Attacks on Financial Institutions Meant to be Destructive

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- -- SANS Northern Virginia 2013 Reston, VA April 8-April 13, 2013 7 courses. Bonus evening presentations include Infosec Rock Star: How to be a More Effective Security Professional; Pentesting Web Apps with Python; and Practical, Efficient Unix Auditing: With Scripts.

- -- SANS Cyber Guardian 2013 Baltimore, MD April 15-April 20, 2013 9 courses. Bonus evening presentations include Windows Exploratory Surgery with Process Hacker; Offensive Countermeasures, Active Defenses, and Internet Tough Guys; and Tactical SecOps: A Guide to Precision Security Operations.

- -- SANS Security West 2013 San Diego, CA May 7-May 16, 2013 32 courses. Bonus evening sessions include Gone in 60 Minutes; The Ancient Art of Falconry; and You Can Panic Now. Host Protection is (Mostly) Dead.

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- -- SANS Secure Europe 2013 Amsterdam, Netherlands April 15-April 27, 2013 10 courses.

- -- Critical Security Controls International Summit London, UK April 26-May 2 2013 Including SEC566: Implementing and Auditing the 20 Critical Security Controls led by Dr. Eric Cole.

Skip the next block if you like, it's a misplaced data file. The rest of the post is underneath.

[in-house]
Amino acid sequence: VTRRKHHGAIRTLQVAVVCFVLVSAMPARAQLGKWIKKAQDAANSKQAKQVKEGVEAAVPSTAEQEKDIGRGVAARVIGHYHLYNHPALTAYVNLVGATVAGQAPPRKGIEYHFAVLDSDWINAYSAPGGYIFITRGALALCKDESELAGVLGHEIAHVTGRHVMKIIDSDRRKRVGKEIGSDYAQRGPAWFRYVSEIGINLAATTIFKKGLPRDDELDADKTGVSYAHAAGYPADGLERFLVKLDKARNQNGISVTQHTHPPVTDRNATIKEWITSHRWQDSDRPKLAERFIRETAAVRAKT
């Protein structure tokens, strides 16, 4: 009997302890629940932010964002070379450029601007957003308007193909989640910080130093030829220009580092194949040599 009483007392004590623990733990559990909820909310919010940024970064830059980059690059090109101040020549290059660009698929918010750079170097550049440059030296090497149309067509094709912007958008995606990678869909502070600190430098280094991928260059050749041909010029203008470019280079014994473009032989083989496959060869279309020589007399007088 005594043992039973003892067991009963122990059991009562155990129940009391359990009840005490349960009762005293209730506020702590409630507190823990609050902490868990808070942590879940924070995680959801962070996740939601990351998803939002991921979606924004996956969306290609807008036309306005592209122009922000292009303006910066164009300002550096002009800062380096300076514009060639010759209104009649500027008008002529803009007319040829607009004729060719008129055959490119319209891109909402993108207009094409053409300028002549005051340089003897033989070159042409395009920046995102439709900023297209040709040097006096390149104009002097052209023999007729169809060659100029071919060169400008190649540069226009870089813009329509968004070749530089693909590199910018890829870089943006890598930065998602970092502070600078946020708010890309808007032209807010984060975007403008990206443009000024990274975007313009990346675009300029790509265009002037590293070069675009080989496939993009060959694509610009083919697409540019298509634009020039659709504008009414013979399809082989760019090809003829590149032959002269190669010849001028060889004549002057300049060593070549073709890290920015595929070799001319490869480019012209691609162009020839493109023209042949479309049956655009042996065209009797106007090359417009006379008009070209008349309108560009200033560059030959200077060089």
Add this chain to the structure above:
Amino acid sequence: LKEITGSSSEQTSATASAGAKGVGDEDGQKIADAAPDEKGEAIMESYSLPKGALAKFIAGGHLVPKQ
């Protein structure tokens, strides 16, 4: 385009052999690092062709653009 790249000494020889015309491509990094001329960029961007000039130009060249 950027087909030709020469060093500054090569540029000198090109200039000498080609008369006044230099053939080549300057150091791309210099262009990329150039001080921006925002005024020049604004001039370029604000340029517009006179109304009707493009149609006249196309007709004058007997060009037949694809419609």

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For a list of all upcoming events, on-line and live:


Google Challenging National Security Letter (April 4, 2013)

Google has filed a petition challenging a National Security Letter (NSL), a demand for information about a user or users issued by government agencies. Most NSLs include a gag order, prohibiting the recipient from discussing its contents or even the fact that it was received. The petition was filed late last month under seal in US District Court of Northern California. Earlier in March a US District Judge in that state ruled that NSLs are unconstitutional because of the gag order. Judge Susan Illston's ruling ordered the government to stop issuing NSLs and to cease enforcement of gag orders for those that have already been issued. The Google NSL challenge has been assigned to Judge Illston.